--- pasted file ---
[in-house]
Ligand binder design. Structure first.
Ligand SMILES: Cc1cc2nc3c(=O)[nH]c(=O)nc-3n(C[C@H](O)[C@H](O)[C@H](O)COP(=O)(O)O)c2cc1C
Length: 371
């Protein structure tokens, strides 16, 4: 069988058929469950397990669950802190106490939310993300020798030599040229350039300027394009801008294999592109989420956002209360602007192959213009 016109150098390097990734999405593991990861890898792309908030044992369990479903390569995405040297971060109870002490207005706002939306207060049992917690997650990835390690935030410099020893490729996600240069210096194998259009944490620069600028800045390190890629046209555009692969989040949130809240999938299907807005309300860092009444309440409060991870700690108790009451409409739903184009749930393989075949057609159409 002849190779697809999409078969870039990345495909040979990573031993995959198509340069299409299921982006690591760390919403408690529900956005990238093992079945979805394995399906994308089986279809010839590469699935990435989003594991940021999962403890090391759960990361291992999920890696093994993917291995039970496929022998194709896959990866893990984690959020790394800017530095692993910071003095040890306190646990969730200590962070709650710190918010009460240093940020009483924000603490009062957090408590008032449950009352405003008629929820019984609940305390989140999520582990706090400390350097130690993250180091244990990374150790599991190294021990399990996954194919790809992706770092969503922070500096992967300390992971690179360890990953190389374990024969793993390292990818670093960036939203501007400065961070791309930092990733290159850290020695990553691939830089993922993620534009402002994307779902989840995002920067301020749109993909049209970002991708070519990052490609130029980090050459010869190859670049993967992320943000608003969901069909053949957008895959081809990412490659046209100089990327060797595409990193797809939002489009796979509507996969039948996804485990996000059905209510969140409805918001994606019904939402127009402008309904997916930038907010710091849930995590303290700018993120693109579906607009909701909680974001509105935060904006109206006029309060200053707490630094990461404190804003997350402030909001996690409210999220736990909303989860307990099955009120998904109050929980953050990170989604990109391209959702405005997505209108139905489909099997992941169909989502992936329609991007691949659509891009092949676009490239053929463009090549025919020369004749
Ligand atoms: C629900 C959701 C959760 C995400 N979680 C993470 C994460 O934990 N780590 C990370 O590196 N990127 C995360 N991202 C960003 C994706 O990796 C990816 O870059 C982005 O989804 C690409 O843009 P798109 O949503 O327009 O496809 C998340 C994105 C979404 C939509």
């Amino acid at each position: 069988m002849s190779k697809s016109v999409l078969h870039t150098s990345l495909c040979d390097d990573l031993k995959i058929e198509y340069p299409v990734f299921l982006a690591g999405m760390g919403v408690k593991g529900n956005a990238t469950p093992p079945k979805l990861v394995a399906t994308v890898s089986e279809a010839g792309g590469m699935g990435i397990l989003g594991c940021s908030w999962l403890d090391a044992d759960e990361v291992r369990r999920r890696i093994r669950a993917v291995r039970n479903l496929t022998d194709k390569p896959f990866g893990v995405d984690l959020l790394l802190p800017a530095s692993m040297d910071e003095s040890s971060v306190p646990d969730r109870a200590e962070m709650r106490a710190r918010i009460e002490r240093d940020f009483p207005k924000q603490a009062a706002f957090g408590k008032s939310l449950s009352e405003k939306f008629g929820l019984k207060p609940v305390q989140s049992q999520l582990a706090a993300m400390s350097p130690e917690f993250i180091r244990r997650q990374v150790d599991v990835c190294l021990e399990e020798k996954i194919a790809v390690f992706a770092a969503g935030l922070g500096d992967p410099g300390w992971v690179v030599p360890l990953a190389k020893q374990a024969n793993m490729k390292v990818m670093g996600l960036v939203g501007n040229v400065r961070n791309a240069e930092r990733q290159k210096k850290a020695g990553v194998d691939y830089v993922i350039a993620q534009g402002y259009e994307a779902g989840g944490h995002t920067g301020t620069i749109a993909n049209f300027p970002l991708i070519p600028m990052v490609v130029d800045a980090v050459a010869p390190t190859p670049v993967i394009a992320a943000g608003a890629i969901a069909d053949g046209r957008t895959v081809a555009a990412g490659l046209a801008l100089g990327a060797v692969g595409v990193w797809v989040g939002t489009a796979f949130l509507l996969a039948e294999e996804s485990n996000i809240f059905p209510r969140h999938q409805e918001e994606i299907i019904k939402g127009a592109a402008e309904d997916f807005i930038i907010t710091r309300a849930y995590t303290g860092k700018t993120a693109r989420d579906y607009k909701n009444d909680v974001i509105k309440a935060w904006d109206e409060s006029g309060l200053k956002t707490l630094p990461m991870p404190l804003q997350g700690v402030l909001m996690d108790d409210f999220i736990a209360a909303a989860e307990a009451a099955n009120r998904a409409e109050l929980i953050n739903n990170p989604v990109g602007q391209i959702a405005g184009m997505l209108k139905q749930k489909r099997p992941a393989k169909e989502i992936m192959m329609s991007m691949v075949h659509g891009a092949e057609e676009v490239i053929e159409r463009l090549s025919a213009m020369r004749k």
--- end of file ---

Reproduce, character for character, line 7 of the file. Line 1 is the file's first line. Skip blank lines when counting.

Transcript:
């Amino acid at each position: 069988m002849s190779k697809s016109v999409l078969h870039t150098s990345l495909c040979d390097d990573l031993k995959i058929e198509y340069p299409v990734f299921l982006a690591g999405m760390g919403v408690k593991g529900n956005a990238t469950p093992p079945k979805l990861v394995a399906t994308v890898s089986e279809a010839g792309g590469m699935g990435i397990l989003g594991c940021s908030w999962l403890d090391a044992d759960e990361v291992r369990r999920r890696i093994r669950a993917v291995r039970n479903l496929t022998d194709k390569p896959f990866g893990v995405d984690l959020l790394l802190p800017a530095s692993m040297d910071e003095s040890s971060v306190p646990d969730r109870a200590e962070m709650r106490a710190r918010i009460e002490r240093d940020f009483p207005k924000q603490a009062a706002f957090g408590k008032s939310l449950s009352e405003k939306f008629g929820l019984k207060p609940v305390q989140s049992q999520l582990a706090a993300m400390s350097p130690e917690f993250i180091r244990r997650q990374v150790d599991v990835c190294l021990e399990e020798k996954i194919a790809v390690f992706a770092a969503g935030l922070g500096d992967p410099g300390w992971v690179v030599p360890l990953a190389k020893q374990a024969n793993m490729k390292v990818m670093g996600l960036v939203g501007n040229v400065r961070n791309a240069e930092r990733q290159k210096k850290a020695g990553v194998d691939y830089v993922i350039a993620q534009g402002y259009e994307a779902g989840g944490h995002t920067g301020t620069i749109a993909n049209f300027p970002l991708i070519p600028m990052v490609v130029d800045a980090v050459a010869p390190t190859p670049v993967i394009a992320a943000g608003a890629i969901a069909d053949g046209r957008t895959v081809a555009a990412g490659l046209a801008l100089g990327a060797v692969g595409v990193w797809v989040g939002t489009a796979f949130l509507l996969a039948e294999e996804s485990n996000i809240f059905p209510r969140h999938q409805e918001e994606i299907i019904k939402g127009a592109a402008e309904d997916f807005i930038i907010t710091r309300a849930y995590t303290g860092k700018t993120a693109r989420d579906y607009k909701n009444d909680v974001i509105k309440a935060w904006d109206e409060s006029g309060l200053k956002t707490l630094p990461m991870p404190l804003q997350g700690v402030l909001m996690d108790d409210f999220i736990a209360a909303a989860e307990a009451a099955n009120r998904a409409e109050l929980i953050n739903n990170p989604v990109g602007q391209i959702a405005g184009m997505l209108k139905q749930k489909r099997p992941a393989k169909e989502i992936m192959m329609s991007m691949v075949h659509g891009a092949e057609e676009v490239i053929e159409r463009l090549s025919a213009m020369r004749k």